One of the most difficult times for individuals who have experienced a cancer diagnosis is the period right after cancer treatment has ended. This is known as the ‘re-entry period’. This time can be anywhere from immediately after cancer treatment ends to a year and a half after treatment. It can be a time where both the relief of finishing treatment and the anxiety of treatment failure and recurrence coexist. It is important that medical providers take an active role in recognizing that care of some kind may still be necessary even if individuals are not actively receiving treatment anymore.
Re-entry period After Cancer treatment
After cancer treatment ends, the doctor visits either cease or become less frequent and the support from loved ones may diminish. The perceived safety net that existed during treatment is no longer present during this re-entry period.
Patients can feel frustrated and confused if they find that resuming “normal” pre-treatment activities after treatment is not realistic. The Foundation frequently hears from people asking, “when will I be normal again?” It is important to let individuals know that immediately after treatment the “normal” that previously existed in their lives may not be appropriate. This may relieve some of the added stress of unrealistic expectations. Expectation management can also be helpful for caregivers as well. Identifying key areas with caregivers where their loved one may require extra care or patience can be useful.
There is also a lack of information about what one should be doing during this time. During treatment, clinicians provide information on diet, physical activity and daily habits that help manage side effects. After treatment, this information is often left up to the individual to figure out. This can amplify confusion and frustration. Similarly, there is little to no information readily available to many anal cancer thrivers beyond their diagnosis so the period right after treatment leaves many with questions like “what now?”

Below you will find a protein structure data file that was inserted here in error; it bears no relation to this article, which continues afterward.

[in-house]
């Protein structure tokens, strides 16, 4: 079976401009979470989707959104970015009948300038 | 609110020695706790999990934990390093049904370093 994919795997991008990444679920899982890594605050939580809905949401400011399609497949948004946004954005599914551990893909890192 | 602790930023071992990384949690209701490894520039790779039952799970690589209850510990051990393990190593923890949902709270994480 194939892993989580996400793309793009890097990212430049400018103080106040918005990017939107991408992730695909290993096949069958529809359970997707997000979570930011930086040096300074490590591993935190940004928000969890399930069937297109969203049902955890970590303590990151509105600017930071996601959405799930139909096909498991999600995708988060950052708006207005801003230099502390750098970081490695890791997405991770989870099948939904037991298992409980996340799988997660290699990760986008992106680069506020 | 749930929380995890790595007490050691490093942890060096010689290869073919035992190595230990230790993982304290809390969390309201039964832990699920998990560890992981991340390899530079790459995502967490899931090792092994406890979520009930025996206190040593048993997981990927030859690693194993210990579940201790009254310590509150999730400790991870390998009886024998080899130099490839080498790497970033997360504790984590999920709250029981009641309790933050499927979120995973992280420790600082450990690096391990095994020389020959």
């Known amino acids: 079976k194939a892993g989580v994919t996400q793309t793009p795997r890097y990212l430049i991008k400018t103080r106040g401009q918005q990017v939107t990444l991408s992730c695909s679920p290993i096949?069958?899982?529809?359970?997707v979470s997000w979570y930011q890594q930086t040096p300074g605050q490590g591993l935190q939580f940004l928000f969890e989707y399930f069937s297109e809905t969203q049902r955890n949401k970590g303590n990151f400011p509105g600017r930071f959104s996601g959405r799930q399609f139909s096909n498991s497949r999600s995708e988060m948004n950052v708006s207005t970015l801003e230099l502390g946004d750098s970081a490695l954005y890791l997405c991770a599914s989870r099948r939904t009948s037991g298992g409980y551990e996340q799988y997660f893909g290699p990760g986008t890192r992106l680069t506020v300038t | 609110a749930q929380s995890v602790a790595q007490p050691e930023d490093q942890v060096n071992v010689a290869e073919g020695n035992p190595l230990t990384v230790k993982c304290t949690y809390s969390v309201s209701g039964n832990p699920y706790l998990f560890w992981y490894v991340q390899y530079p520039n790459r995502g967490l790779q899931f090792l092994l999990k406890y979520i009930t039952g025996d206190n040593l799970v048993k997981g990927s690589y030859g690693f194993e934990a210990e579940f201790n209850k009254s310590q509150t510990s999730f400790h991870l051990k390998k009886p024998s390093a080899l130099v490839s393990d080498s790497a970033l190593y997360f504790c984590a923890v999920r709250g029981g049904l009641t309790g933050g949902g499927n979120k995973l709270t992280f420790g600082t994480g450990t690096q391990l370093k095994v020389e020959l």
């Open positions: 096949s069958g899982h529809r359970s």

This re-entry phase may be particularly difficult for anal cancer thrivers as they can experience compounded feelings of isolation due to the small anal cancer population and the removal of the treatment safety net. Programs like the Foundation’s Peer to Peer Support Program can be very helpful in ending feelings of isolation during this period. Speaking with others, who have been there, can normalize and validate the feelings and experiences of thrivers.
Continuity of care
A number of simple steps that providers can take to help minimize the distress felt. Care for anal cancer thrivers needs to extend beyond treatment of the disease. Thrivers need to be equipped with information to facilitate a positive re-entry period. Information should include fact sheets, a discussion of expectations for life after treatment, and information on how to access supplementary resources. It may also be beneficial to include any caregivers in this discussion so they too can anticipate needs during this adjustment period. Psychosocial interventions can be extremely helpful during re-entry and can provide clinicians with the opportunity to focus on the care of individuals still in treatment. Connecting or referring thrivers to sex therapists, pelvic floor physical therapists, dietitians, and counselors can be instrumental in empowering thrivers and help in the transition to life after treatment.
Stanton, A. L. (2012). What happens now? Psychosocial care for cancer survivors after medical treatment completion. Journal of Clinical Oncology,30(11), 1215-1220.
de Moor, J. S., Mariotto, A. B., Parry, C., Alfano, C. M., Padgett, L., Kent, E. E., … & Rowland, J. H. (2013). Cancer survivors in the United States: prevalence across the survivorship trajectory and implications for care. Cancer Epidemiology Biomarkers & Prevention, 22(4), 561-570.
Jacobsen, P. B., Holland, J. C., & Steensma, D. P. (2012). Caring for the whole patient: the science of psychosocial care. Journal of Clinical Oncology, 30(11), 1151-1153.